That contrasts with today's householders, many of whom were able to buy their homes at relatively low prices.
The study, from the National Housing Federation, also found that nearly 60 per cent of parents feel obliged to give their children money for a deposit.
They expect to hand over at least £20,000 to each of their children to get them on to the property ladder - in what is known as raiding the 'Bank of Mum and Dad'.
The research is based on a poll of more than 500 middle-class parents with children between the ages of 20 and 30.
They have been the winners of the house price boom over the past decade - but their children are the losers.
And they expect that the only chance that their children have of buying their own home is for them to hand over a substantial amount of money.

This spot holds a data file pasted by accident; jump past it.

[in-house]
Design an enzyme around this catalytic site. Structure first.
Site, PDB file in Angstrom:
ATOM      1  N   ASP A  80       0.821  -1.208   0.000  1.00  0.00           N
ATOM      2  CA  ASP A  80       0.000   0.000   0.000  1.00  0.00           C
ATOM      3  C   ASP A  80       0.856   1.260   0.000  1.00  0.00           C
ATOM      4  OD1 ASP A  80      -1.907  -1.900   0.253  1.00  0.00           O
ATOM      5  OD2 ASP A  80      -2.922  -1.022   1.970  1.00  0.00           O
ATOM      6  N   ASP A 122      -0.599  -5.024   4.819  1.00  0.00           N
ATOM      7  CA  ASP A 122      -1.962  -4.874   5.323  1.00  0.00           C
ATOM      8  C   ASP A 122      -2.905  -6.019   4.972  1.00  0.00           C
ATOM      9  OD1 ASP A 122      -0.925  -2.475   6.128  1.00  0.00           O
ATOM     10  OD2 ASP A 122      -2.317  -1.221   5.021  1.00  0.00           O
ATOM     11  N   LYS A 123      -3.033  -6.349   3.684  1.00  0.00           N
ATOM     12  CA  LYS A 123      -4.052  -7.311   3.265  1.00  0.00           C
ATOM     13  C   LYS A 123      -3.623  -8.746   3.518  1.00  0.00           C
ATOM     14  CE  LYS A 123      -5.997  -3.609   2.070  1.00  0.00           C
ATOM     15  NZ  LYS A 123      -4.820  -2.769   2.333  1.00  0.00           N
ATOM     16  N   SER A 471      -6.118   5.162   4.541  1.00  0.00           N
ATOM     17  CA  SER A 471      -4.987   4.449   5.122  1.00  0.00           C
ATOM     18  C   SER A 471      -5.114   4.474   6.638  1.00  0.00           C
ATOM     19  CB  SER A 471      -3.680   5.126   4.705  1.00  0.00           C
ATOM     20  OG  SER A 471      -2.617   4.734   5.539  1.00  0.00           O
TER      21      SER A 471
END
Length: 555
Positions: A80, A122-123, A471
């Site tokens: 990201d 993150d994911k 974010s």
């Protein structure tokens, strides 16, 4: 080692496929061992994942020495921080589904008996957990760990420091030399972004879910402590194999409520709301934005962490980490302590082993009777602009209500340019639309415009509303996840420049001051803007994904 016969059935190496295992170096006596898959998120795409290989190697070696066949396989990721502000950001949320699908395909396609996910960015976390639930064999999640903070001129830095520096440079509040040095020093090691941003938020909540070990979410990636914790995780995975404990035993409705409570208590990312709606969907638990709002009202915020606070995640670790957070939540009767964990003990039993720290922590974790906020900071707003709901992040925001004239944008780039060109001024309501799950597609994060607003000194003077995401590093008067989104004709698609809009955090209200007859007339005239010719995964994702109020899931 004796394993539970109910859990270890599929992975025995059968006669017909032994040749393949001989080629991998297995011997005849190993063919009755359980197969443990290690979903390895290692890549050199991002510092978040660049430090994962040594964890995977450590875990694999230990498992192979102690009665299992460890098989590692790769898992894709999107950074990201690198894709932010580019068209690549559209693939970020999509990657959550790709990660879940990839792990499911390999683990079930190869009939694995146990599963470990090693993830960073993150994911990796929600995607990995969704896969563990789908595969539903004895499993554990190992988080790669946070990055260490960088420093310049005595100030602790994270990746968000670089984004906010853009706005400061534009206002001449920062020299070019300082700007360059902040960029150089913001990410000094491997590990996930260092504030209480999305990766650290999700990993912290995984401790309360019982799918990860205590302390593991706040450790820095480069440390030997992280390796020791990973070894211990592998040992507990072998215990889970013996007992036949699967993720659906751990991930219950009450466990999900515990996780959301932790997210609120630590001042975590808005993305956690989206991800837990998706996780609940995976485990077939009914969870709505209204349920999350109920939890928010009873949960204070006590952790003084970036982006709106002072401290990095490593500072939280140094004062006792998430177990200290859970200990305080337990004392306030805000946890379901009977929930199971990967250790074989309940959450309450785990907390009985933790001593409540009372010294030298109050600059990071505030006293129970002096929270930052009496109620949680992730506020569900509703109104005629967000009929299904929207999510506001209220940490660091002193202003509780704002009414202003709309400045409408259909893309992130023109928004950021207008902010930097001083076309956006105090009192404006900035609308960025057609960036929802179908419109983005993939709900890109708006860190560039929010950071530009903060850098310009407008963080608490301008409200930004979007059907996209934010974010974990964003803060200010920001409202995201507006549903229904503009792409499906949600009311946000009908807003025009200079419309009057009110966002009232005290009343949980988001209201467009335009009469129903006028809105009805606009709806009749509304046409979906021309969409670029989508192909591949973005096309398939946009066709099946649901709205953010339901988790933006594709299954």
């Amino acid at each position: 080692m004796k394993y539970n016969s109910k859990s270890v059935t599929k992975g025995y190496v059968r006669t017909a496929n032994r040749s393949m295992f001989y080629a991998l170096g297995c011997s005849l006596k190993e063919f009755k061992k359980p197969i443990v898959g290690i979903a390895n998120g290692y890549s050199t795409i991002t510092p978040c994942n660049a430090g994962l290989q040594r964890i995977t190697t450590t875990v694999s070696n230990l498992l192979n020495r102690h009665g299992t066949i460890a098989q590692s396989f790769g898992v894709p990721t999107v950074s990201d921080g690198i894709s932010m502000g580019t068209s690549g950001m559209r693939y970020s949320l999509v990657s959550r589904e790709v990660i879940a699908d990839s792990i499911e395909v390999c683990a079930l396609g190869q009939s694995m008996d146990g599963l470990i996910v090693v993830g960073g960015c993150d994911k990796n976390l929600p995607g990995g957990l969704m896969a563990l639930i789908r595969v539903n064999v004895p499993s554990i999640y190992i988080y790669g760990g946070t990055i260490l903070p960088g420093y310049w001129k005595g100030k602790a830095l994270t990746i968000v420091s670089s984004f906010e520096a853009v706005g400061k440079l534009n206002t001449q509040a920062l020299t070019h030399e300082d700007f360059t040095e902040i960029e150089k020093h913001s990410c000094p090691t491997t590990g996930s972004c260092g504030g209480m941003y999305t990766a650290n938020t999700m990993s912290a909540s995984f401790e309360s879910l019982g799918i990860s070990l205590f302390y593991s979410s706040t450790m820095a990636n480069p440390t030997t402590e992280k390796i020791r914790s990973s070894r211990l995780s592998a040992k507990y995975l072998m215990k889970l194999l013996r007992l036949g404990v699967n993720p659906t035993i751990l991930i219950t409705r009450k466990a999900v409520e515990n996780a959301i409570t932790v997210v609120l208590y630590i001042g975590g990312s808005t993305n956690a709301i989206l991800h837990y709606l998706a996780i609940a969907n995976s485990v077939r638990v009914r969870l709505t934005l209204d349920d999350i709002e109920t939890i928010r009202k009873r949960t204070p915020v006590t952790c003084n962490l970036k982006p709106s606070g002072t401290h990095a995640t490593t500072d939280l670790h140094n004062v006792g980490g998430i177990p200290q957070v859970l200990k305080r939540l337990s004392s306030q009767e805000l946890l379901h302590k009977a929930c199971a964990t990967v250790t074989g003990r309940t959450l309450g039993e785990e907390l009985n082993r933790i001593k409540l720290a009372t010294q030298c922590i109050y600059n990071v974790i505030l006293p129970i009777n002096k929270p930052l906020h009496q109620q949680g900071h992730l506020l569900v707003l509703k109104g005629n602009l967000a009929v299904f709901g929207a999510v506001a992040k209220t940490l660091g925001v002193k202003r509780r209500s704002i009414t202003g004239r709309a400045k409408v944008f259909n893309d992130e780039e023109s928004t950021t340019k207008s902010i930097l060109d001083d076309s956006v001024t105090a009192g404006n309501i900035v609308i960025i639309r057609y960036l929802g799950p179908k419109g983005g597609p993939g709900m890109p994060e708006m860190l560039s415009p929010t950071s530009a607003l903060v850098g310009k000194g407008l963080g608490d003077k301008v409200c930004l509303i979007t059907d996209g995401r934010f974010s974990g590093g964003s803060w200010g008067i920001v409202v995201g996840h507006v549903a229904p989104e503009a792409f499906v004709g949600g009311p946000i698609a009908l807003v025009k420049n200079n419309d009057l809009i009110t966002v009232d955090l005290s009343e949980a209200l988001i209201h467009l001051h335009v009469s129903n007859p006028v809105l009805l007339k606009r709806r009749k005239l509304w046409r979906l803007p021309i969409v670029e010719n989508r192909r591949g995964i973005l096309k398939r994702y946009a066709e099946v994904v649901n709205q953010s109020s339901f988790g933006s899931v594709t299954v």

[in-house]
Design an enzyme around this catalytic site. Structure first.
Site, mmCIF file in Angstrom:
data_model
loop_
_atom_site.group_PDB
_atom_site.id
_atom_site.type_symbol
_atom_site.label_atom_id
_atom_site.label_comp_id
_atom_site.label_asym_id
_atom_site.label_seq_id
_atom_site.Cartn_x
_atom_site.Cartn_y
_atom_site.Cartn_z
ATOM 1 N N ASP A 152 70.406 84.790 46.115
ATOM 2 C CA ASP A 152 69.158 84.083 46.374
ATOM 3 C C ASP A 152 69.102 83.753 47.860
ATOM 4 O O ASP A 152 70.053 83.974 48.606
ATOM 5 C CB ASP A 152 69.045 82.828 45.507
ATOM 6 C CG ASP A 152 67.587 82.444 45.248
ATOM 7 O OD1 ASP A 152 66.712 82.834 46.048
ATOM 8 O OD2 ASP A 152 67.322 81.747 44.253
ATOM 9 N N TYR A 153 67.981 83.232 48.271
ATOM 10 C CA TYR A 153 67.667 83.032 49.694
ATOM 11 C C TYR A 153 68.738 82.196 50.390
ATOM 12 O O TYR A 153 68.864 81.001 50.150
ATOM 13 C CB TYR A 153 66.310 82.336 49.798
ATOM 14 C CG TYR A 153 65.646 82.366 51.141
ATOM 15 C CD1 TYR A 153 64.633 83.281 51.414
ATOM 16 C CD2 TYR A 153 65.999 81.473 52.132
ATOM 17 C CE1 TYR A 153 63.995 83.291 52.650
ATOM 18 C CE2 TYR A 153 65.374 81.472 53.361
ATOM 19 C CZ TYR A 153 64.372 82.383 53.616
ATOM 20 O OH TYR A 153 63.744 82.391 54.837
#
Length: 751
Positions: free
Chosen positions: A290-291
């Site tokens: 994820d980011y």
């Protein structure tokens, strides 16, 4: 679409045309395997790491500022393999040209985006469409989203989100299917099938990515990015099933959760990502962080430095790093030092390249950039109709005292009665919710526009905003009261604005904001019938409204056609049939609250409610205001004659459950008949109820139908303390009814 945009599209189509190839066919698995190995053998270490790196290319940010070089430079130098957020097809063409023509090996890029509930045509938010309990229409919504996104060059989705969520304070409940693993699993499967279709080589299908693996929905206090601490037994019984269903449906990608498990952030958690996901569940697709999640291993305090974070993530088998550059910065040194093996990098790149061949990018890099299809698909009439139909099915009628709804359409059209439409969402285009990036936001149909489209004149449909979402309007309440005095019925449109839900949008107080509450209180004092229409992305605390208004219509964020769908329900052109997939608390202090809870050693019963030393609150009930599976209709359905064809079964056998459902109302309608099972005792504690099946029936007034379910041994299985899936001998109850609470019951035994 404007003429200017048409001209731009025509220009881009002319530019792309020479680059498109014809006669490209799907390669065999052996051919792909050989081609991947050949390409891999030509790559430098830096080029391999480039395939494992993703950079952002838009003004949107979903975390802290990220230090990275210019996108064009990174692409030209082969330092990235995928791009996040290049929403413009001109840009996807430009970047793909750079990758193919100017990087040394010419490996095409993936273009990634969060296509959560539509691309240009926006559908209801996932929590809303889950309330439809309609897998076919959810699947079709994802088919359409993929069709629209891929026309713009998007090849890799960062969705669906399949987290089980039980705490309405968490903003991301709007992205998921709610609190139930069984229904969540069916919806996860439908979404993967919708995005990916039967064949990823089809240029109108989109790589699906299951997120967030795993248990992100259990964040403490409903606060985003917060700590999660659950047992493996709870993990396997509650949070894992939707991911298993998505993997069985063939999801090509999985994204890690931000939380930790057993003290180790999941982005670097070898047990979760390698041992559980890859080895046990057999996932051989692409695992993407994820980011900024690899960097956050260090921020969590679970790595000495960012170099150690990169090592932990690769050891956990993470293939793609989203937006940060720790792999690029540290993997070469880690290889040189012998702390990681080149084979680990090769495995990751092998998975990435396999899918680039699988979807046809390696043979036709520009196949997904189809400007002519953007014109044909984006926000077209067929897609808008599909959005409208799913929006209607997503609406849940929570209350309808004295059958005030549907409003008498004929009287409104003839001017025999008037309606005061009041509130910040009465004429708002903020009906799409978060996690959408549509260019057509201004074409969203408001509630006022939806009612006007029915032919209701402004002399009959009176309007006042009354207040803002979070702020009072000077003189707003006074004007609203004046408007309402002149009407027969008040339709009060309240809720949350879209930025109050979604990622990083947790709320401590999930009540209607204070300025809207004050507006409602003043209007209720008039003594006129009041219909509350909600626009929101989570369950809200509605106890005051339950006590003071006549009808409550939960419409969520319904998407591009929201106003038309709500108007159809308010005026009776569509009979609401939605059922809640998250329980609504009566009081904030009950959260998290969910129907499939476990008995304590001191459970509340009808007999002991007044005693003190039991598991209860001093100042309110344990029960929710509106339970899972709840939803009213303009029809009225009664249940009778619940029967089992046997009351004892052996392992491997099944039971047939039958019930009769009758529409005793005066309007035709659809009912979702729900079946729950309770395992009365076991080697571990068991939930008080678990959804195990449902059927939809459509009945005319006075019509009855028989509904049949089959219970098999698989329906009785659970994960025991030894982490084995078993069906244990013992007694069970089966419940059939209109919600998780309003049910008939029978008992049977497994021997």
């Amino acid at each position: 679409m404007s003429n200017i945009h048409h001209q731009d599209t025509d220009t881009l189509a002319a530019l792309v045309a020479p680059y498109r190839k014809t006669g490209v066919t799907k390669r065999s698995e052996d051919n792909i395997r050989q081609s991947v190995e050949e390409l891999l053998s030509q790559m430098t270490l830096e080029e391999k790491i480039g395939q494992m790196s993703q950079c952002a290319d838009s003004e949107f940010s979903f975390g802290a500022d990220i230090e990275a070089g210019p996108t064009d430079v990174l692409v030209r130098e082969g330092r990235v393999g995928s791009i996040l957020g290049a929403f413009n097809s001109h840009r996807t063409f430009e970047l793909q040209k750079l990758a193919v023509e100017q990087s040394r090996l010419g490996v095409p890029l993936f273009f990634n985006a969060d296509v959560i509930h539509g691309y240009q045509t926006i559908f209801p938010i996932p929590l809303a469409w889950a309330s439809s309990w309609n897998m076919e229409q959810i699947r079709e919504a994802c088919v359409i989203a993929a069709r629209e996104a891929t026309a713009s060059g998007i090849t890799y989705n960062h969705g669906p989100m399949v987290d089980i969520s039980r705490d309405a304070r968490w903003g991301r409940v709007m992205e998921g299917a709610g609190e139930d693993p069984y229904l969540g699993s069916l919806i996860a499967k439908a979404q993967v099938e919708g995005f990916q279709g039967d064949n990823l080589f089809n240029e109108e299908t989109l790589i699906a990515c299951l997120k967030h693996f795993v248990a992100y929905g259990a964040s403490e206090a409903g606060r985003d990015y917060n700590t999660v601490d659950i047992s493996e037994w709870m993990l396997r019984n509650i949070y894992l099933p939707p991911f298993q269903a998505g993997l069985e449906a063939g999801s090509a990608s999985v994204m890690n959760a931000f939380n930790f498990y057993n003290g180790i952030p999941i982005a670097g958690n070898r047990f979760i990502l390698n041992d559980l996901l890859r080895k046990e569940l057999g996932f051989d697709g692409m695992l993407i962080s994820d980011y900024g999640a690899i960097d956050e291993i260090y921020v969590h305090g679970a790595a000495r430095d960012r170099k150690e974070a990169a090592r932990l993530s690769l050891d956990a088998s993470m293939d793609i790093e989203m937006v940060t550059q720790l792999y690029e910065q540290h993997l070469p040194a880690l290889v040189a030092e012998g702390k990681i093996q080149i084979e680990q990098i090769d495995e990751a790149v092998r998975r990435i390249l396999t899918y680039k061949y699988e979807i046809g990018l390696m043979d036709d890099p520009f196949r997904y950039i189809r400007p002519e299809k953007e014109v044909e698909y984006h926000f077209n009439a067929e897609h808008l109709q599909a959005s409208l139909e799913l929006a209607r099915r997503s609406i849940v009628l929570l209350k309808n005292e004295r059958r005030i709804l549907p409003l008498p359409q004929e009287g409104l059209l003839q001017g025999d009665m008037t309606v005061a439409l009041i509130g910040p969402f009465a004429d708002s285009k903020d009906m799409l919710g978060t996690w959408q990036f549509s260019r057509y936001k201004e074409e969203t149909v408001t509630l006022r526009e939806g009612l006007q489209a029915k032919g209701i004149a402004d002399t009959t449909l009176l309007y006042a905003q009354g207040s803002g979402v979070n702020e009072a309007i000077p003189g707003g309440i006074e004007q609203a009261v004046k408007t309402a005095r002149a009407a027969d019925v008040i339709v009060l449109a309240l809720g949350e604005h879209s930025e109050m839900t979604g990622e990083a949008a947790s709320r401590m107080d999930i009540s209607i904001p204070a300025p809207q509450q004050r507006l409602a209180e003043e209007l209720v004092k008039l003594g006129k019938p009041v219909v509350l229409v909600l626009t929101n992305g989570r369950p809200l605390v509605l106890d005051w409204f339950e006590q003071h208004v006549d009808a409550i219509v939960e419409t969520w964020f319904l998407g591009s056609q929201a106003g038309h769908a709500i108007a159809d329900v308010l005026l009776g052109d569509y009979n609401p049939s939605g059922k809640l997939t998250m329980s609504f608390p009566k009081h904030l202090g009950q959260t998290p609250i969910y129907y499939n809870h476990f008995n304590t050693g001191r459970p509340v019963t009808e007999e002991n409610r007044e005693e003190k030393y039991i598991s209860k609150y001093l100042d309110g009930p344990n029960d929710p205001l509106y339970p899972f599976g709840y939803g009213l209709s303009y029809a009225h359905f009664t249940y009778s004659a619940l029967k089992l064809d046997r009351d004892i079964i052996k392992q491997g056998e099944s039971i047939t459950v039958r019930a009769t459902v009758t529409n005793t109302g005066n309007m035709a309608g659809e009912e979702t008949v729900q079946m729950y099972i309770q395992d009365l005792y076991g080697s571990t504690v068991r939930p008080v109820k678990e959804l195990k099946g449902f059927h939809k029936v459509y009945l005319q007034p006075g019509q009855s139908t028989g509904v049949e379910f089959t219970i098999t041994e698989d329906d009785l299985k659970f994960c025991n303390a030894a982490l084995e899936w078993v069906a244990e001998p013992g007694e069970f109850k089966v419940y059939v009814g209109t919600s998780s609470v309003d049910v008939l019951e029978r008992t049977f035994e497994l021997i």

In 1997, the average home cost £68,500. Today, the figure stands at nearly £168,000. The increase of £100,000 is well ahead of inflation and equivalent to four times the national average salary.

HPC is gaining in popularity.

A journalist has decided to ask the population what they think, how radical!

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Of course helping one's children in this way, whilst well-meaning and sensible at the individual level simply causes the Ponzi to be fed with the gains from its own pyramid and cements the middle classes into their privileged positions.

Class isn't only about wealth.

What this does is increase the divide between rich and poor. It is the slow destruction of the 'middle class', since it is the end of meritocracy.

(Except it isn't, because the crash will shake things up a bit. I still suspect that the main effect of the crash will be a sorting of the middle classes into 'rich' and 'poor'.)

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Of course helping one's children in this way, whilst well-meaning and sensible at the individual level simply causes the Ponzi to be fed with the gains from its own pyramid and cements the middle classes into their privileged positions.